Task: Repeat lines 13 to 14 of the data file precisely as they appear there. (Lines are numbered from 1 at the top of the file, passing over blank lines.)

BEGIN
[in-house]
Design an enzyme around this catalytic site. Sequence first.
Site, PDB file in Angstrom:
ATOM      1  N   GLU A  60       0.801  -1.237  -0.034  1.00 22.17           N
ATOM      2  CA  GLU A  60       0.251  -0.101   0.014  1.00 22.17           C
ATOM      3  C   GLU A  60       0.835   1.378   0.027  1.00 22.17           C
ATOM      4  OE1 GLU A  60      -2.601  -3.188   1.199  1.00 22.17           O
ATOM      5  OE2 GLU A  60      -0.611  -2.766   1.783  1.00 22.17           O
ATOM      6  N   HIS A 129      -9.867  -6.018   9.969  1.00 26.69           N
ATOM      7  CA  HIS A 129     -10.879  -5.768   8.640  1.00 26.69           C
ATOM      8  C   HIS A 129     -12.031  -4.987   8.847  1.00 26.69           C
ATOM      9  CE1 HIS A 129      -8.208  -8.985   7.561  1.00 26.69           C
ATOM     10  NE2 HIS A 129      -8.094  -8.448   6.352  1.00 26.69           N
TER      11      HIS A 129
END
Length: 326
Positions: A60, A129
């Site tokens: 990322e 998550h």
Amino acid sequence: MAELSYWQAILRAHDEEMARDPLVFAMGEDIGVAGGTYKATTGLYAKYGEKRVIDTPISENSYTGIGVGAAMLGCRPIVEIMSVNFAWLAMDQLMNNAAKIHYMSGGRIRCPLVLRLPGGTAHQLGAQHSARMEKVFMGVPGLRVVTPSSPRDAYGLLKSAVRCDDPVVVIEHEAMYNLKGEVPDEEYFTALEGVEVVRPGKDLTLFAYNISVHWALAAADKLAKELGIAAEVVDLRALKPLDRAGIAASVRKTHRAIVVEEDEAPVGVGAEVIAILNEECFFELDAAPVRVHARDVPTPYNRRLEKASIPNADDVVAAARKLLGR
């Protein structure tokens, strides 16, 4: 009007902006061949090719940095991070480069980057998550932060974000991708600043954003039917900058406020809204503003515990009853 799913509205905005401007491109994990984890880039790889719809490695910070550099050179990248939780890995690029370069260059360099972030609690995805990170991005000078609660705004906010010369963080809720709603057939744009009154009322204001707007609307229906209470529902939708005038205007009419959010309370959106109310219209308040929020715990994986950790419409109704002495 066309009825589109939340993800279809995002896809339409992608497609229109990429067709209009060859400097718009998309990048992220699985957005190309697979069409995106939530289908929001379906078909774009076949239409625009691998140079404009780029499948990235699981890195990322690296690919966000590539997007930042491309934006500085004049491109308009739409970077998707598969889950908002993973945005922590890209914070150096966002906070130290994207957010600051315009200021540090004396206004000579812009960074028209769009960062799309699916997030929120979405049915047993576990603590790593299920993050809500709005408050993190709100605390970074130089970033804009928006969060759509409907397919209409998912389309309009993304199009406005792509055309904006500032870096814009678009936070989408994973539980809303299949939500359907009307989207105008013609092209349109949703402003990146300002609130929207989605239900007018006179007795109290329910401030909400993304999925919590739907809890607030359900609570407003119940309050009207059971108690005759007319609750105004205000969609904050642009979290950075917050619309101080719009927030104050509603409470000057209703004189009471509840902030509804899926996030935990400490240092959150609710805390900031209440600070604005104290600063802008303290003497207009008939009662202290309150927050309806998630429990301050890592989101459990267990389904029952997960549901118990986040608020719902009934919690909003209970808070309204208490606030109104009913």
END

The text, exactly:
ATOM     10  NE2 HIS A 129      -8.094  -8.448   6.352  1.00 26.69           N
TER      11      HIS A 129